Known in the 1990s as a blues-rockin' guitar wunderkind, Ian Moore eventually took a left turn down singer-songwriter lane—and he never looked back. His work has been more interesting for it, even though it hasn't provided the same fame he received early in his career.
From Austin by way of Seattle, Moore has maintained an ongoing relationship with Tucson and, in particular, Club Congress, where he and his new band, the Lossy Coils, played last weekend.
Tucson's Louise Le Hir opened the show, singing and playing electric guitar while accompanied by drummer Benjamin Blake. Their brief set leaned on engagingly melancholy, lo-fi garage-pop, inflected with the subtlest of twangs. It made me want to hear more.
Ian Moore and the Lossy Coils performed about 90 minutes of catchy and fiery power-pop, echoing the refreshing new direction on their latest album, El Sonido Nuevo. It was as if the 1970s and early '80s never left the building, with catchy tunes, punchy riffs and impassioned performances.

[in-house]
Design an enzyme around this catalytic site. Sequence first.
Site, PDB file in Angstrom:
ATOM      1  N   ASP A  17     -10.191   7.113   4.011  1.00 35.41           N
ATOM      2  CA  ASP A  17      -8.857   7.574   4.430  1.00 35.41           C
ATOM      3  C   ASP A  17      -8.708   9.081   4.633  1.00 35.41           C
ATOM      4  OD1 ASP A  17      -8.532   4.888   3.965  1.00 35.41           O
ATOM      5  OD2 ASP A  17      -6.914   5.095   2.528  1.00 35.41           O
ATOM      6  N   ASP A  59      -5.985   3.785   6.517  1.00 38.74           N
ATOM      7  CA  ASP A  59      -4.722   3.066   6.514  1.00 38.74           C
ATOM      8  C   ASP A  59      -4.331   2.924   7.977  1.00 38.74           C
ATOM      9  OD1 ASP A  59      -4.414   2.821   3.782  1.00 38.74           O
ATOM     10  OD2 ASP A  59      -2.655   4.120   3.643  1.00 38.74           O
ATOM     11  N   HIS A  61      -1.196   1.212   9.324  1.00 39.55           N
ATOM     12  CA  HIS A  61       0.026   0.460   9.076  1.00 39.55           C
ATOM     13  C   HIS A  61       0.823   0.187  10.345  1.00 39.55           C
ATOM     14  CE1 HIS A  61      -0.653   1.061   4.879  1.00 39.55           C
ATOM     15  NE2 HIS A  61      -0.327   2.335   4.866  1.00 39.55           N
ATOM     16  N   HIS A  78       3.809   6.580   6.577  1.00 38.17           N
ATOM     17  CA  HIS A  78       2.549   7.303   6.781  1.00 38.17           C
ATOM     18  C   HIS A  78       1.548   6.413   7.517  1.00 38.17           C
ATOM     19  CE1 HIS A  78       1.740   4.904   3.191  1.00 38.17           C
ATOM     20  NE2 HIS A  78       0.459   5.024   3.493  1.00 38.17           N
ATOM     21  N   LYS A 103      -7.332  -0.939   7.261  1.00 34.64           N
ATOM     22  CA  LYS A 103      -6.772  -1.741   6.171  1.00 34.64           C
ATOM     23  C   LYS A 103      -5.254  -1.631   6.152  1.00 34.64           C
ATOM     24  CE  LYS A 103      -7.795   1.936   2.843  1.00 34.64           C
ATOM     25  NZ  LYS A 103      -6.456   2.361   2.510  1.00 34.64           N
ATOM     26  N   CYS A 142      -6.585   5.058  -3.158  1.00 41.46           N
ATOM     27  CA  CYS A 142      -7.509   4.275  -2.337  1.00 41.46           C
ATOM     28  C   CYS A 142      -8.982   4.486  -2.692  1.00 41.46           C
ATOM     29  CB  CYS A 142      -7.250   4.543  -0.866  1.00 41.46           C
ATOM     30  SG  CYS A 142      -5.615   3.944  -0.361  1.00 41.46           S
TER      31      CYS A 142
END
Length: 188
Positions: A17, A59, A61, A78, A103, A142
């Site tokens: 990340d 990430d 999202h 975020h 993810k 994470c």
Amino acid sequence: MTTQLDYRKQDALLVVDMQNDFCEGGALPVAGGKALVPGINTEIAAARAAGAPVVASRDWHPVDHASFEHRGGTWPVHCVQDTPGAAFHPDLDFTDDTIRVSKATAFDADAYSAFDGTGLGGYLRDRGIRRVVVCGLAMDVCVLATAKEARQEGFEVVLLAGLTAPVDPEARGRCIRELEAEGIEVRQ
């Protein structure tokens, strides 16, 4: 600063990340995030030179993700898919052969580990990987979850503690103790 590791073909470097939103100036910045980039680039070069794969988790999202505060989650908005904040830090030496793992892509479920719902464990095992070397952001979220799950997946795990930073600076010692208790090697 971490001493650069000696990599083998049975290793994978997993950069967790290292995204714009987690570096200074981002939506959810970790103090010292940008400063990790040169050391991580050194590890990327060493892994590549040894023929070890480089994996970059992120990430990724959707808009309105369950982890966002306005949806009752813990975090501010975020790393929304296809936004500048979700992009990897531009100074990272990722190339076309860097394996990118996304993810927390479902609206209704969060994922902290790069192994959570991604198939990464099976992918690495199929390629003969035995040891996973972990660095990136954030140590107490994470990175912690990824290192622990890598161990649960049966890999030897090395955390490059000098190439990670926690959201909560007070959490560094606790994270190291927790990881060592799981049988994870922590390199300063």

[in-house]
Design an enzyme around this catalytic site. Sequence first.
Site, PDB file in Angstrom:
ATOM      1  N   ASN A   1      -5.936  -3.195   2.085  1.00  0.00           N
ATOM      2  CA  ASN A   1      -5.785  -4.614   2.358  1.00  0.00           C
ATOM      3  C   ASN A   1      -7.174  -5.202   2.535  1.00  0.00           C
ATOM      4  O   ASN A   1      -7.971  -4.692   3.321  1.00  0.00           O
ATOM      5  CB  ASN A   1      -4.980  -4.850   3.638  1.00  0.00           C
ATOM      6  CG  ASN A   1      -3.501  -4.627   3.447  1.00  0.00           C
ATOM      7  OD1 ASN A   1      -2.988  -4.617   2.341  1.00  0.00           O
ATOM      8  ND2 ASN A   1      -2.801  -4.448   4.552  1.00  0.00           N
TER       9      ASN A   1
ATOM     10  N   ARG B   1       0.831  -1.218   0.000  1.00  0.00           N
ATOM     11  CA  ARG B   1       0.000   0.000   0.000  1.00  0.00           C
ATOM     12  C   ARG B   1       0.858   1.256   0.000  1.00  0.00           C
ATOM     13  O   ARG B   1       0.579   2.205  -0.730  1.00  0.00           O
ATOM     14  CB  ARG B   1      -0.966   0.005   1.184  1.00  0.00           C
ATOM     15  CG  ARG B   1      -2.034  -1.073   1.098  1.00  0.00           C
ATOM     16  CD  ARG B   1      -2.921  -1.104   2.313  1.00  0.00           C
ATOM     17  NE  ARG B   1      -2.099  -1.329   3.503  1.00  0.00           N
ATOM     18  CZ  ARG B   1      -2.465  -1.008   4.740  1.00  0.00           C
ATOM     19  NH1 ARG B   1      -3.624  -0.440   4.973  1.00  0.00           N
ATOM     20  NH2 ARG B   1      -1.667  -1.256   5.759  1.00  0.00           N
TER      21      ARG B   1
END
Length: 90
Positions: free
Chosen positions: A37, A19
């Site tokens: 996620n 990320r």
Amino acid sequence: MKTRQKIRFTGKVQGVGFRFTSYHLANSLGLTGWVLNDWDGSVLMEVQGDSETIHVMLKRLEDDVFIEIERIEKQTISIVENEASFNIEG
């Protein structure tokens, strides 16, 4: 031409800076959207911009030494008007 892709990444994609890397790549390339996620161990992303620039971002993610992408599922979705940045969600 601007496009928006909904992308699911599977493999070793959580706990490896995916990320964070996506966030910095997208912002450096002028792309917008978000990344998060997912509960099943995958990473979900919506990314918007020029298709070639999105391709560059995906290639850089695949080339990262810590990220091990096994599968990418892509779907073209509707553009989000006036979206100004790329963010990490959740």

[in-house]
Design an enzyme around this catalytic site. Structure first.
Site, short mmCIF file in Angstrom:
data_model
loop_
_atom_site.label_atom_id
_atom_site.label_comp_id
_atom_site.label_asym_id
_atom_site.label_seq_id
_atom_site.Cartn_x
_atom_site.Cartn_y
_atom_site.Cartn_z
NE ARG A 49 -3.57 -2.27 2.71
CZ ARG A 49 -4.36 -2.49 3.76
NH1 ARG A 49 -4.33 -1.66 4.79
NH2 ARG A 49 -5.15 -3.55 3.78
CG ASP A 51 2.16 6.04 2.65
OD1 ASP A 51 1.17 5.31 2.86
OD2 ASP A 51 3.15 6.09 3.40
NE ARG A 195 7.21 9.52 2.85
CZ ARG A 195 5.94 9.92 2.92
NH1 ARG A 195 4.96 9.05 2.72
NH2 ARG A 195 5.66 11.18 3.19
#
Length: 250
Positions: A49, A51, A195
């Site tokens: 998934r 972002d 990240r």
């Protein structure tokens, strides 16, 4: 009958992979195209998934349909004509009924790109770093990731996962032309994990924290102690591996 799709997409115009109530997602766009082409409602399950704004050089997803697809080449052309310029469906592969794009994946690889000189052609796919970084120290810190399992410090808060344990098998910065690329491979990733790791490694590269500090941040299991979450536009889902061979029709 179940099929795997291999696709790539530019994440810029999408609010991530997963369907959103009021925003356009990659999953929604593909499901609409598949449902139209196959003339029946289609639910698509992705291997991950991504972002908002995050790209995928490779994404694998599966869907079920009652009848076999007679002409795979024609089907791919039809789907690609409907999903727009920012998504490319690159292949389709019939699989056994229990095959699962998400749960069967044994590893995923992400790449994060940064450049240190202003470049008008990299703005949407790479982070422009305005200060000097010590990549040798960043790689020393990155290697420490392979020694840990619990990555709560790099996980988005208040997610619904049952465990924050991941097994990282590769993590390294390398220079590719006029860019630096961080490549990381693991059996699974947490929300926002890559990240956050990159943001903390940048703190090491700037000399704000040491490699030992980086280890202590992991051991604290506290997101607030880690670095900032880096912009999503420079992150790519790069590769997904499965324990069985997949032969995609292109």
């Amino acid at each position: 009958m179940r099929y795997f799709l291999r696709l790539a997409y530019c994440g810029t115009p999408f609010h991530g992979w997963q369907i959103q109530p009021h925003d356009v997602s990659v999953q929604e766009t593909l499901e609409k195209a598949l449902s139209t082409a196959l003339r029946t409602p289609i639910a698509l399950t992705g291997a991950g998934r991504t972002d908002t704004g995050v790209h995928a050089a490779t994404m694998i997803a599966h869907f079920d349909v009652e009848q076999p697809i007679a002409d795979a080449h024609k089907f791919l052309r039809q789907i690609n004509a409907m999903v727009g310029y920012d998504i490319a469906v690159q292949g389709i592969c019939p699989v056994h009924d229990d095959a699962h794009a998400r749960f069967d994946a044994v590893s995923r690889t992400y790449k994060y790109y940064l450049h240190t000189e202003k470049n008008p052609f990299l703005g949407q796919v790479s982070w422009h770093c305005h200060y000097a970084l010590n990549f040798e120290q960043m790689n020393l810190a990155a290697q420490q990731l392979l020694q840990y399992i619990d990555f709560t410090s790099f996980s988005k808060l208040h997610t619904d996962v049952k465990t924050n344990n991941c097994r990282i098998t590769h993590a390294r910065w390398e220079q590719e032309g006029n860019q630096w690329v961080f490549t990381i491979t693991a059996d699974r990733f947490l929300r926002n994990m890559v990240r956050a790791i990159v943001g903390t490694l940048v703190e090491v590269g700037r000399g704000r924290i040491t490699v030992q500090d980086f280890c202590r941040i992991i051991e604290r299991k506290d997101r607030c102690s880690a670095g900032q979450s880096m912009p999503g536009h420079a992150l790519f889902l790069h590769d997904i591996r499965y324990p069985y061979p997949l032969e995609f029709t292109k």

When Moore and company—which included bassist Matt Harris, who sang harmonies and co-wrote some of the new material—tackled pop-rock jangle, it was infused with touches of blues, soul, folk and country, not unlike The Byrds, Rockpile and the immortal Big Star, even before the band covered Chris Bell's "I Am the Cosmos." Among other highlights were the new disc's "Birds of Prey," and "New Day," from his 2004 album Luminaria.
Not your everyday pop-rock songwriter, Moore seems more concerned with history and current events than with "love me do" sentiments. Among the subjects of songs were Sir Edmund Hillary and Mount Everest; the boxer Jack Johnson; sexpot icon Angelyne; and accused murderer Amanda Knox.
At times, the band also grooved hard, like a cross between the Jimi Hendrix Experience, ZZ Top and Led Zeppelin, especially on older tracks such as "Muddy Jesus," an obvious favorite of the sparse but enthusiastic audience. Moore retained a bit of the showman from his guitar-slinger days, launching himself into explosive guitar solos and singing with an un-self-conscious bravado, but his chops and voice supported it. Still, he and the band rarely ventured beyond concise three-minute jabs of song, leaving little room for indulgent jamming.